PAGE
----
The Racing Form: Kemp Comes Through
Jude Wanniski
March 6, 1996


Jack Kempís endorsement this afternoon of Steve Forbes in the GOP presidential contest was an act of political courage of a dimension that I have not seen before in my lifetime. At the very moment that the political universe was declaring Sen. Bob Dole the party nominee, based on his eight-state sweep in yesterdayís primaries, Jack came through. Make no mistake: this is not just an endorsement. It is Kemp -- the leader of the growth wing of the GOP -- telling the political Establishment that even though he knows he is absolutely alone, he believes Steve would make a better President than Dole. All his political friends, from Newt on down, told him he was making an enormous mistake. But then, political leadership is to be alone. We have to go back to Korea for a parallel, when every one of General Douglas MacArthurís military adjutants advised him to forget about a landing at Inchon. What Jack has done is revive the process of discussing and debating the nationís direction. Had he not done so, Steve would have become a political asterisk, taking the Reagan/Kemp supply-side revolution down the drain with him. The crucial national discussions we have in these presidential years would have been frozen at March 6. It would be Clinton versus Dole in November, with not a new idea between now and then.

Can Kempís involvement mean that much? If we remember that the objective is not to nominate someone to defeat President Clinton, but to have a national debate on where we should be going as a nation, it is clear the country owes a debt of gratitude to Jack for his decision today. If, at the end of the process, all that happens is that President Clinton is re-elected, we still can be sure that he will be a better President than he would be if the communication process between the people and their leaders were suspended today. The press corps is immediately asking: Who else will come aboard now that Jack has endorsed? They look for big names, when what they should be looking for is little names -- voters who are tempted to vote for Steve and his message, but who have been warned by their political leaders that he is unworthy. For Jack to say Steve is worthy is worth a dozen governors and senators saying so. Jackís myriad friends in business, journalism and politics who have already thrown in the towel on Steve, now will reassess, if only out of deep respect for Jackís gutsy move.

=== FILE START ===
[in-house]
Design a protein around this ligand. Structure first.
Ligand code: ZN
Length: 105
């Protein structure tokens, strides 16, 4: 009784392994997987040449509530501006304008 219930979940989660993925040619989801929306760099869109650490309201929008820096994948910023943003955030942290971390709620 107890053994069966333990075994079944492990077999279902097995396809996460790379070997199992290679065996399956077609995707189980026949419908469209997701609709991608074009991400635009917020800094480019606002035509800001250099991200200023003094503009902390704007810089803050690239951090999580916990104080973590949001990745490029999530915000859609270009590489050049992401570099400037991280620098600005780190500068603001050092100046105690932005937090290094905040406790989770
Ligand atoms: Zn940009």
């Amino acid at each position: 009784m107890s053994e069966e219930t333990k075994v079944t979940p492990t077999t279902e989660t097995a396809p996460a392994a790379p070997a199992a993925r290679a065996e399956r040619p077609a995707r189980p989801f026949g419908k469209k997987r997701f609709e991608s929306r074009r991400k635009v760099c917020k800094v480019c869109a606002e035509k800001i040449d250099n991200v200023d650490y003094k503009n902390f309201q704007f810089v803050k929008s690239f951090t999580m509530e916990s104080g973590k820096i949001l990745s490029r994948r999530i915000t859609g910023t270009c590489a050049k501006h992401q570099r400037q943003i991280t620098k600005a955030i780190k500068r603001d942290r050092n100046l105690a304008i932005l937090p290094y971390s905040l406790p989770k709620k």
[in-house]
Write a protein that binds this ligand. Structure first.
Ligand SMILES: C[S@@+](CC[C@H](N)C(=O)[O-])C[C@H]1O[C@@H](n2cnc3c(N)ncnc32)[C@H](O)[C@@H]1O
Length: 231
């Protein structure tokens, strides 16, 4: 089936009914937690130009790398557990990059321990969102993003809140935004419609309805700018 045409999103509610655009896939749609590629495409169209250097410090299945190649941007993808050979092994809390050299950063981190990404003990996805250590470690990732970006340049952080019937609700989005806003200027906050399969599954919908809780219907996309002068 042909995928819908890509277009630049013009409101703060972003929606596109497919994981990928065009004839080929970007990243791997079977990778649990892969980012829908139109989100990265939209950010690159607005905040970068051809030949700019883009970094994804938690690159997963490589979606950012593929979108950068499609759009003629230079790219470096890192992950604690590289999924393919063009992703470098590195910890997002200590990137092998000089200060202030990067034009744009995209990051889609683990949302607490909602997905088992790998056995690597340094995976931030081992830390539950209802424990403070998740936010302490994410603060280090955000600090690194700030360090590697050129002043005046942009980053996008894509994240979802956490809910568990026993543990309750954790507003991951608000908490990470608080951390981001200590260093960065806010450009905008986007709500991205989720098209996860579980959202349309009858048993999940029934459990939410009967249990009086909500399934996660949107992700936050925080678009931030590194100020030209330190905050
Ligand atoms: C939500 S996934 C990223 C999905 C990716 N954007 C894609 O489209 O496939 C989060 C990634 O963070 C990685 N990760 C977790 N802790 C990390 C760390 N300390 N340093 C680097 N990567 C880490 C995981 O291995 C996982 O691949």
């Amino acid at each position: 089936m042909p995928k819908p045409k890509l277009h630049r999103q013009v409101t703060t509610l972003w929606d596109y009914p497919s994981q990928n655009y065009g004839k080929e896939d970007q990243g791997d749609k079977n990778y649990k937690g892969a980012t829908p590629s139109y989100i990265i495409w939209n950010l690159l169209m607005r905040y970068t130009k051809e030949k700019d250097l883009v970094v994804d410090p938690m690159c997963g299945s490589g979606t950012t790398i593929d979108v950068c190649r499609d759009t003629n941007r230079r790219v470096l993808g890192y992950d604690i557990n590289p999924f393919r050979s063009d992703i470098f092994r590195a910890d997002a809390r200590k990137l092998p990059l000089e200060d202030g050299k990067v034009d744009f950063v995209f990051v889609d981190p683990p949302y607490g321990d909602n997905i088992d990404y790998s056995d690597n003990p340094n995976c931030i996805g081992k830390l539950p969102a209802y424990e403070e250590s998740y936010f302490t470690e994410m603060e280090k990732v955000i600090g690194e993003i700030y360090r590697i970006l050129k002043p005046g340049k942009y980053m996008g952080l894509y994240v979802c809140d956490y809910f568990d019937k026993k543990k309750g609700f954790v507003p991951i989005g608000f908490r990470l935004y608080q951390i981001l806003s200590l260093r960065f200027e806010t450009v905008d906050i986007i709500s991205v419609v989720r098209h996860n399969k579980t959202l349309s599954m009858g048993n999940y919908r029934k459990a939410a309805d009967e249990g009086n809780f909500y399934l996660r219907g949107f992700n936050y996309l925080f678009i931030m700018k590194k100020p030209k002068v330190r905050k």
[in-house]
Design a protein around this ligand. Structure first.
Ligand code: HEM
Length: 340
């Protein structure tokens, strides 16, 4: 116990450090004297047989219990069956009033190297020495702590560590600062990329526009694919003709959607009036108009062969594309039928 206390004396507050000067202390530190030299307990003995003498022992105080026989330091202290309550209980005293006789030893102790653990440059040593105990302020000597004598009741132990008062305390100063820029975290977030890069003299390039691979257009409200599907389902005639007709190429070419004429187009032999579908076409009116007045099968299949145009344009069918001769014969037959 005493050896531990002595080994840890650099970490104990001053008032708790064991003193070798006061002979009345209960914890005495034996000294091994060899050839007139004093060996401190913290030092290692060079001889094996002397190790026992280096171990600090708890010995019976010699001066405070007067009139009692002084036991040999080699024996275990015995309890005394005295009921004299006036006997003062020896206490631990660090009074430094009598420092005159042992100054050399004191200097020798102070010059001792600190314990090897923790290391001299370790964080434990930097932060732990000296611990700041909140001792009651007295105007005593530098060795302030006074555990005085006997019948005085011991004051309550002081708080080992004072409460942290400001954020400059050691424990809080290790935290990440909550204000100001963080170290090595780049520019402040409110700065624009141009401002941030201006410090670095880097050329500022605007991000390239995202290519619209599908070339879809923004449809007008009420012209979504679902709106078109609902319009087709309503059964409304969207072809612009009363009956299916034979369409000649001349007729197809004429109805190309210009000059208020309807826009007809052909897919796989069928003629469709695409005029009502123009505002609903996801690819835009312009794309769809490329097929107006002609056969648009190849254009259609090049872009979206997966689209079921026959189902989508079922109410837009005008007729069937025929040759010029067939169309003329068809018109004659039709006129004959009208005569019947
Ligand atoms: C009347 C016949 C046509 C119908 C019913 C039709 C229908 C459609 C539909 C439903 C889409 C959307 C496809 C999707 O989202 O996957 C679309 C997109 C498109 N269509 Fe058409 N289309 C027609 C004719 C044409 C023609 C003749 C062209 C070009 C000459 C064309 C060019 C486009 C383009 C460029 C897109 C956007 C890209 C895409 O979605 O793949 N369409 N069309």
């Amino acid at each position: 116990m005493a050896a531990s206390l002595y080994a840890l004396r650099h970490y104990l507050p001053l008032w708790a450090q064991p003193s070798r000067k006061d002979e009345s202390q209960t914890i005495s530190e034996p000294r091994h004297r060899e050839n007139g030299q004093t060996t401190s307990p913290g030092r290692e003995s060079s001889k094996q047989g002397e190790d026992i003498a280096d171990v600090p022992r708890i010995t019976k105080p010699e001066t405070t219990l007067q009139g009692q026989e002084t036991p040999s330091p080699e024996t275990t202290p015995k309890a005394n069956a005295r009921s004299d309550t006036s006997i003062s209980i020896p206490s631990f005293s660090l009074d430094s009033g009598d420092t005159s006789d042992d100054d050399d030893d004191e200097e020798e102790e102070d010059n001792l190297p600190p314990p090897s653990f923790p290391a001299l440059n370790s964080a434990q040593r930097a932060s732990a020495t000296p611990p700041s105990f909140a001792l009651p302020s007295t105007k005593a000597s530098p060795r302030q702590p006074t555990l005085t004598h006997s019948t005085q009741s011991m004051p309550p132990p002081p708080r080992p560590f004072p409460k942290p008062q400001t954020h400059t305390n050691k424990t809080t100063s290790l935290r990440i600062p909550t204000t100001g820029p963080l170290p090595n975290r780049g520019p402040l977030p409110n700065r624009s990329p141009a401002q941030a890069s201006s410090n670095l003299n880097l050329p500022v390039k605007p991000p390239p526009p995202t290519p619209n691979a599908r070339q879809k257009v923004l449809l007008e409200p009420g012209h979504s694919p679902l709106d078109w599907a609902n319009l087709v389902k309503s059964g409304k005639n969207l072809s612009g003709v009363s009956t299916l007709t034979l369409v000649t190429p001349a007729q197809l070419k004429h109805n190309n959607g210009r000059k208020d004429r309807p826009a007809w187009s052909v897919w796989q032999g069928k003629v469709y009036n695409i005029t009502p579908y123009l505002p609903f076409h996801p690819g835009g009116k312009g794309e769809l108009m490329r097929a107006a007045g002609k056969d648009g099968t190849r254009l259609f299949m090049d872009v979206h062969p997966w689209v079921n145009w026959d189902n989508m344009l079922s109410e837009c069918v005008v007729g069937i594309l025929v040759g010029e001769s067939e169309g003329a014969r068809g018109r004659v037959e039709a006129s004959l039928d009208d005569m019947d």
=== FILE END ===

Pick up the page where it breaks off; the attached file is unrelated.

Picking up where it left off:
What can we expect from this point forward? We now have the opportunity for a serious debate between Dole and Forbes and Pat Buchanan -- those remaining in the race -- with a minimum of negative campaigning. The only real chance Steve Forbes has of winning the GOP nomination at this point is if the electorate will forgive him for the clumsy way he entered the race, blasting away at the competition. The fact that Jack Kemp knows that Steve is a better man than he has appeared thus far, and is willing to risk his own political capital on his behalf, will mean a great deal to the voters. Jackís move also reactivates the Buchanan candidacy, in the sense that there can once again be a three-way race. If Steve appeared to be mortally wounded, Doleís nomination would seem inevitable and Buchananís effort futile. The campaign thus gets a new lease on life.

  Having said this, the Forbes campaign still has to bring aboard some fresh talent, or the Kemp endorsement will be a one-day news story. We must assume that such changes will be made, or Kemp still would have held back. The political chess board now looks just about impossible for Steve, but because he is the best man to be President, it would make it easier for world-class political chess players to help guide him in that direction. For the moment, though, it is enough to rejoice that our political process has not been prematurely frozen into a Clinton/Dole race. Whatever happens from here on in, Jack Kemp today has made an enormous contribution to all his countrymen.